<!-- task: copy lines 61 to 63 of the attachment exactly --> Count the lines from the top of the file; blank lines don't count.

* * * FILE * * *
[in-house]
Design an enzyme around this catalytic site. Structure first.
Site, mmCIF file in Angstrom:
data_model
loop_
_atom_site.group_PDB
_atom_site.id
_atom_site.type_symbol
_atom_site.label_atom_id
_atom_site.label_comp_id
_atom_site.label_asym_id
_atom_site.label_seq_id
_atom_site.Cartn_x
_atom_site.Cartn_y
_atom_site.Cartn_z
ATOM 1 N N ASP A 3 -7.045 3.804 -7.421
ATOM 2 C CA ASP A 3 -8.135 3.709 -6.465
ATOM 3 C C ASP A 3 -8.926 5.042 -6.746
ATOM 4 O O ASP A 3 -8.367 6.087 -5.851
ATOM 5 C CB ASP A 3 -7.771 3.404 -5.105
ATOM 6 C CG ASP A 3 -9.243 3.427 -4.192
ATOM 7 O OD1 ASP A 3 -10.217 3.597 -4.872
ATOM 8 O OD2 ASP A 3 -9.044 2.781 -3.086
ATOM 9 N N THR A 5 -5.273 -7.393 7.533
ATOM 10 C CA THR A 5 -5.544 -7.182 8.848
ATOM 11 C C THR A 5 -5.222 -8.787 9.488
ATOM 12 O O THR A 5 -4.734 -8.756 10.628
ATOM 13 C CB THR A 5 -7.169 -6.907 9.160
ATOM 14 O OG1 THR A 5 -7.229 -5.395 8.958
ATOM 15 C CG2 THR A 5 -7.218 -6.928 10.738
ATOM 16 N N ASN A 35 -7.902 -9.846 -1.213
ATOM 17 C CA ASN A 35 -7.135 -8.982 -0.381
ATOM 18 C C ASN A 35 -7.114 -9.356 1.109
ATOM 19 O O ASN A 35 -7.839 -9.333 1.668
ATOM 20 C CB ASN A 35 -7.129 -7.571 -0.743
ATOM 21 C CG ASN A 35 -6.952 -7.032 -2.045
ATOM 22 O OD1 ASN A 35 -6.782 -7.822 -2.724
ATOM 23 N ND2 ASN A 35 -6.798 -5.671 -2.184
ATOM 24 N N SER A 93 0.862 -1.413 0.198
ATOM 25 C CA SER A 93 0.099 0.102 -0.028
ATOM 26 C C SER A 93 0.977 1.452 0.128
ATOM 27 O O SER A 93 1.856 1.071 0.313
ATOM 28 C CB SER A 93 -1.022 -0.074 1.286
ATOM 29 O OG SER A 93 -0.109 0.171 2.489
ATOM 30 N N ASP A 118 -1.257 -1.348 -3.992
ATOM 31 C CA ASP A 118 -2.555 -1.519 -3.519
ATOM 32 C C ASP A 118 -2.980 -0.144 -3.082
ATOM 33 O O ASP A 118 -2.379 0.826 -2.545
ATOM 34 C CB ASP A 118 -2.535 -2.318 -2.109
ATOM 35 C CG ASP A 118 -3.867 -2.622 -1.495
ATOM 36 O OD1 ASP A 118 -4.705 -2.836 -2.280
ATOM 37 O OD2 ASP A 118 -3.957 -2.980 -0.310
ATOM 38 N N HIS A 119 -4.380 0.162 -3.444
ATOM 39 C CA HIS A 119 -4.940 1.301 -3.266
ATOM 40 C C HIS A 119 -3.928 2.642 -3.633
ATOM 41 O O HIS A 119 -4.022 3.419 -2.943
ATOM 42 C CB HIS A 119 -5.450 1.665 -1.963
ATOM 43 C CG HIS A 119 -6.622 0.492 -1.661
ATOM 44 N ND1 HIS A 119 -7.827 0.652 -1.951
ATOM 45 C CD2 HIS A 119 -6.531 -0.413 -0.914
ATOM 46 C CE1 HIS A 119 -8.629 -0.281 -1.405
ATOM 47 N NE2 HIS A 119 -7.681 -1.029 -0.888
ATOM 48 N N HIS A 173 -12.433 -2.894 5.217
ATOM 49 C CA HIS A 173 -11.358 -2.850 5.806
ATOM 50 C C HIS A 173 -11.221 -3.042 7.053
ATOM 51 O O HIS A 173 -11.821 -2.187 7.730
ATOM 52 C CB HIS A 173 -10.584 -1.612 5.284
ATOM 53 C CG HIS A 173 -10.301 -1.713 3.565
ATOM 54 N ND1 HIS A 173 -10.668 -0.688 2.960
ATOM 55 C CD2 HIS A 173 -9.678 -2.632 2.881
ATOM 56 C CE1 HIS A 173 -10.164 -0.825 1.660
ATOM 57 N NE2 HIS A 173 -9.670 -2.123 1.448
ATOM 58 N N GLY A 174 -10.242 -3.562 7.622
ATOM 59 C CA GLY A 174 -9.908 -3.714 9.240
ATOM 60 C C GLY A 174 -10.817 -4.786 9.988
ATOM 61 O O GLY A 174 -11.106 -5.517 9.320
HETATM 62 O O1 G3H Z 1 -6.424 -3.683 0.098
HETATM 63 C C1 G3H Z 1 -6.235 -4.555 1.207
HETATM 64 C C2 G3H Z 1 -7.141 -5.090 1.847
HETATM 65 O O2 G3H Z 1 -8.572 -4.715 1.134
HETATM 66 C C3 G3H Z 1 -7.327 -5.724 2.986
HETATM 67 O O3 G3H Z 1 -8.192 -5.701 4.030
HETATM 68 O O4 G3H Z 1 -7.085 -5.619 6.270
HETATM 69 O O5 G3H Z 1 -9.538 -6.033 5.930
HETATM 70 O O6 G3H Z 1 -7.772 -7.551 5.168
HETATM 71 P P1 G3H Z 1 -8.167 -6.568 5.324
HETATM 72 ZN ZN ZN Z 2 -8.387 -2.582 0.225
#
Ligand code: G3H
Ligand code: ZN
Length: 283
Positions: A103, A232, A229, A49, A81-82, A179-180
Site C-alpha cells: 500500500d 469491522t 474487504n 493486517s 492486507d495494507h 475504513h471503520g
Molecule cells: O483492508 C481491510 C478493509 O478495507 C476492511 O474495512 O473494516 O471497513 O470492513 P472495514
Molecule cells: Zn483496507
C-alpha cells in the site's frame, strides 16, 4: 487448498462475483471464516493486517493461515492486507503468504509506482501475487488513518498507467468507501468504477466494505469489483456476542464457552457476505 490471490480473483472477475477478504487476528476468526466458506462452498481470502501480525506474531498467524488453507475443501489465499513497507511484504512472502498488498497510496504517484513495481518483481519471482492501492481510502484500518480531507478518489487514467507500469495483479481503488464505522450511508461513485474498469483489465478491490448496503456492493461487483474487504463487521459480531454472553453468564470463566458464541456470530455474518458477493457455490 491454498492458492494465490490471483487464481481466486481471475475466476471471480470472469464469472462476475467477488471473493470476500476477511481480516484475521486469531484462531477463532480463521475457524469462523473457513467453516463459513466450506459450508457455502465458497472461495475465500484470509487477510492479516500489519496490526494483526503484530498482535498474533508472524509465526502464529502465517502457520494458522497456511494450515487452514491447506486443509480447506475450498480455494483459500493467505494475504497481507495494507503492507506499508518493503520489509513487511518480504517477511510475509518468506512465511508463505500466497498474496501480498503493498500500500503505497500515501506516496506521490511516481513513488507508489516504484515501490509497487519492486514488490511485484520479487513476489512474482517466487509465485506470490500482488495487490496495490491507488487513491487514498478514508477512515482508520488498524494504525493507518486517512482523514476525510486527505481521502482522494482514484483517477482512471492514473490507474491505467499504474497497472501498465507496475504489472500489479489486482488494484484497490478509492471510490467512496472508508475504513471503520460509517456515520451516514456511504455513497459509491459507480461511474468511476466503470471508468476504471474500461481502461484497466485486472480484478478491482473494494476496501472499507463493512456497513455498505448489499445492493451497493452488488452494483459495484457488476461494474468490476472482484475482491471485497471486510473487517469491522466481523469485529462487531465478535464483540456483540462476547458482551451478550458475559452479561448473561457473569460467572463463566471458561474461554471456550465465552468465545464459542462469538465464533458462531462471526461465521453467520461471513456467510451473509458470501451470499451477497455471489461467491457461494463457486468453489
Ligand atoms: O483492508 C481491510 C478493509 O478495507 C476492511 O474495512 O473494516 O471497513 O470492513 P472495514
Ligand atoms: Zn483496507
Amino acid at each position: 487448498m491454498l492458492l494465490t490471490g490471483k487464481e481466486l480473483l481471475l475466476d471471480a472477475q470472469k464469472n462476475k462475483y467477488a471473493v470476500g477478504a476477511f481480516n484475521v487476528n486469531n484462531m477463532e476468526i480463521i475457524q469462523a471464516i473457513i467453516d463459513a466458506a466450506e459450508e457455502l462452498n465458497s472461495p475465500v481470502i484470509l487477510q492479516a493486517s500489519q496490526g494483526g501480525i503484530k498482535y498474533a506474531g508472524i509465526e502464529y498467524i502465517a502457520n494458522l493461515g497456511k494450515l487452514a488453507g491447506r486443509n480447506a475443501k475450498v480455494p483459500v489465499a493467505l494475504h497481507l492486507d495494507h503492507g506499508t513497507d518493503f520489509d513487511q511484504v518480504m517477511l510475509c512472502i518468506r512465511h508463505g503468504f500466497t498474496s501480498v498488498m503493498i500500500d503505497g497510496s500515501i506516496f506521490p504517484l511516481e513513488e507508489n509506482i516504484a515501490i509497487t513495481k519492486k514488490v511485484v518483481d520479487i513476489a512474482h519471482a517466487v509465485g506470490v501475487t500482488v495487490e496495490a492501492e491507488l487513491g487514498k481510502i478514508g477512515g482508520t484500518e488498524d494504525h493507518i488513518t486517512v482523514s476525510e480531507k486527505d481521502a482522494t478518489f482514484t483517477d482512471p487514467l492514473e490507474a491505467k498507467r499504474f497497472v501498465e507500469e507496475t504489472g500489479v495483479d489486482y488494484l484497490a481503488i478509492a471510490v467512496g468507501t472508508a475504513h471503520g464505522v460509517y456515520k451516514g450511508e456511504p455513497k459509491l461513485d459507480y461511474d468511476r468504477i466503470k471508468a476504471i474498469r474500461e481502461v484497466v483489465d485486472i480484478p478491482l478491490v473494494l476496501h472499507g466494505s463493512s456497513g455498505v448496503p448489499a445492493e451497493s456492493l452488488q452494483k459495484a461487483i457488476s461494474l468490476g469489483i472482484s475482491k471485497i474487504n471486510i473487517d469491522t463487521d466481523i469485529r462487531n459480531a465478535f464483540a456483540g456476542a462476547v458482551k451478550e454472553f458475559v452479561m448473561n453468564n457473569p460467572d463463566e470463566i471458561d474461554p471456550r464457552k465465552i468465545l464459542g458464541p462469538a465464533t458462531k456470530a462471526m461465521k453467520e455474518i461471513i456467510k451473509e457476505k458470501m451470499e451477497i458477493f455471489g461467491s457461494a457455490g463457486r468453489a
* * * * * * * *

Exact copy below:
ATOM 46 C CE1 HIS A 119 -8.629 -0.281 -1.405
ATOM 47 N NE2 HIS A 119 -7.681 -1.029 -0.888
ATOM 48 N N HIS A 173 -12.433 -2.894 5.217